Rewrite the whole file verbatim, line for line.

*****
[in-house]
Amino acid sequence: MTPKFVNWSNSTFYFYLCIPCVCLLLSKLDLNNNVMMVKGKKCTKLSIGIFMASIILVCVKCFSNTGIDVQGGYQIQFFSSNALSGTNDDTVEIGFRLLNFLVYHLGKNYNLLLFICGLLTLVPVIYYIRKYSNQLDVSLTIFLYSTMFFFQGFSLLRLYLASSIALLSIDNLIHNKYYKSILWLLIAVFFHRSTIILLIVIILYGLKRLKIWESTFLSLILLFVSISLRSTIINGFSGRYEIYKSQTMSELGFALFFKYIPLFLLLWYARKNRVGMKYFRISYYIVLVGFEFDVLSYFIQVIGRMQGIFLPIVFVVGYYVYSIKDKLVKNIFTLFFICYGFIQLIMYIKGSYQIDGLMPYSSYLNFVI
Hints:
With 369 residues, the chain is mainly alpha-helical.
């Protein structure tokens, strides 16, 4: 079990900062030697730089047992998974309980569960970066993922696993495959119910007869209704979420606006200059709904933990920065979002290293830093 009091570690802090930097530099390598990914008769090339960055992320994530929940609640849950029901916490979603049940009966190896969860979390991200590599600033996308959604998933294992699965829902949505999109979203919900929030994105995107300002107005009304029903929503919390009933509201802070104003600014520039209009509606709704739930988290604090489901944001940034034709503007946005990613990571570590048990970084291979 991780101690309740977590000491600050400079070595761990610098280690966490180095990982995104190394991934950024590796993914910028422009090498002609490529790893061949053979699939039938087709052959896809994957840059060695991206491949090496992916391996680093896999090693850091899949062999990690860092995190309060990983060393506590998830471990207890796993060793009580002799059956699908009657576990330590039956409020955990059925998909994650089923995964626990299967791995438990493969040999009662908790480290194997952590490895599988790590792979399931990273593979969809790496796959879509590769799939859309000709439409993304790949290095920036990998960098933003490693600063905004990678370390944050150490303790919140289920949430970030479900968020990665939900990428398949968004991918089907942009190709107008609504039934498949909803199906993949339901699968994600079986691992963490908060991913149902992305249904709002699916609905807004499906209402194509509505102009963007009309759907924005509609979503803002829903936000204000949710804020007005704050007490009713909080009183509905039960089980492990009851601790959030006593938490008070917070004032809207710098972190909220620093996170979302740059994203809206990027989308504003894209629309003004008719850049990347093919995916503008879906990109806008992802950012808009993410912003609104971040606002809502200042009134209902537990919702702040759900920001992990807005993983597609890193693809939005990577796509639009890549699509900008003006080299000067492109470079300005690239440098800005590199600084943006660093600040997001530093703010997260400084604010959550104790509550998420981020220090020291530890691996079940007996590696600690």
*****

[in-house]
Amino acid sequence: MTPKFVNWSNSTFYFYLCIPCVCLLLSKLDLNNNVMMVKGKKCTKLSIGIFMASIILVCVKCFSNTGIDVQGGYQIQFFSSNALSGTNDDTVEIGFRLLNFLVYHLGKNYNLLLFICGLLTLVPVIYYIRKYSNQLDVSLTIFLYSTMFFFQGFSLLRLYLASSIALLSIDNLIHNKYYKSILWLLIAVFFHRSTIILLIVIILYGLKRLKIWESTFLSLILLFVSISLRSTIINGFSGRYEIYKSQTMSELGFALFFKYIPLFLLLWYARKNRVGMKYFRISYYIVLVGFEFDVLSYFIQVIGRMQGIFLPIVFVVGYYVYSIKDKLVKNIFTLFFICYGFIQLIMYIKGSYQIDGLMPYSSYLNFVI
Hints:
With 369 residues, the chain is mainly alpha-helical.
């Protein structure tokens, strides 16, 4: 079990900062030697730089047992998974309980569960970066993922696993495959119910007869209704979420606006200059709904933990920065979002290293830093 009091570690802090930097530099390598990914008769090339960055992320994530929940609640849950029901916490979603049940009966190896969860979390991200590599600033996308959604998933294992699965829902949505999109979203919900929030994105995107300002107005009304029903929503919390009933509201802070104003600014520039209009509606709704739930988290604090489901944001940034034709503007946005990613990571570590048990970084291979 991780101690309740977590000491600050400079070595761990610098280690966490180095990982995104190394991934950024590796993914910028422009090498002609490529790893061949053979699939039938087709052959896809994957840059060695991206491949090496992916391996680093896999090693850091899949062999990690860092995190309060990983060393506590998830471990207890796993060793009580002799059956699908009657576990330590039956409020955990059925998909994650089923995964626990299967791995438990493969040999009662908790480290194997952590490895599988790590792979399931990273593979969809790496796959879509590769799939859309000709439409993304790949290095920036990998960098933003490693600063905004990678370390944050150490303790919140289920949430970030479900968020990665939900990428398949968004991918089907942009190709107008609504039934498949909803199906993949339901699968994600079986691992963490908060991913149902992305249904709002699916609905807004499906209402194509509505102009963007009309759907924005509609979503803002829903936000204000949710804020007005704050007490009713909080009183509905039960089980492990009851601790959030006593938490008070917070004032809207710098972190909220620093996170979302740059994203809206990027989308504003894209629309003004008719850049990347093919995916503008879906990109806008992802950012808009993410912003609104971040606002809502200042009134209902537990919702702040759900920001992990807005993983597609890193693809939005990577796509639009890549699509900008003006080299000067492109470079300005690239440098800005590199600084943006660093600040997001530093703010997260400084604010959550104790509550998420981020220090020291530890691996079940007996590696600690």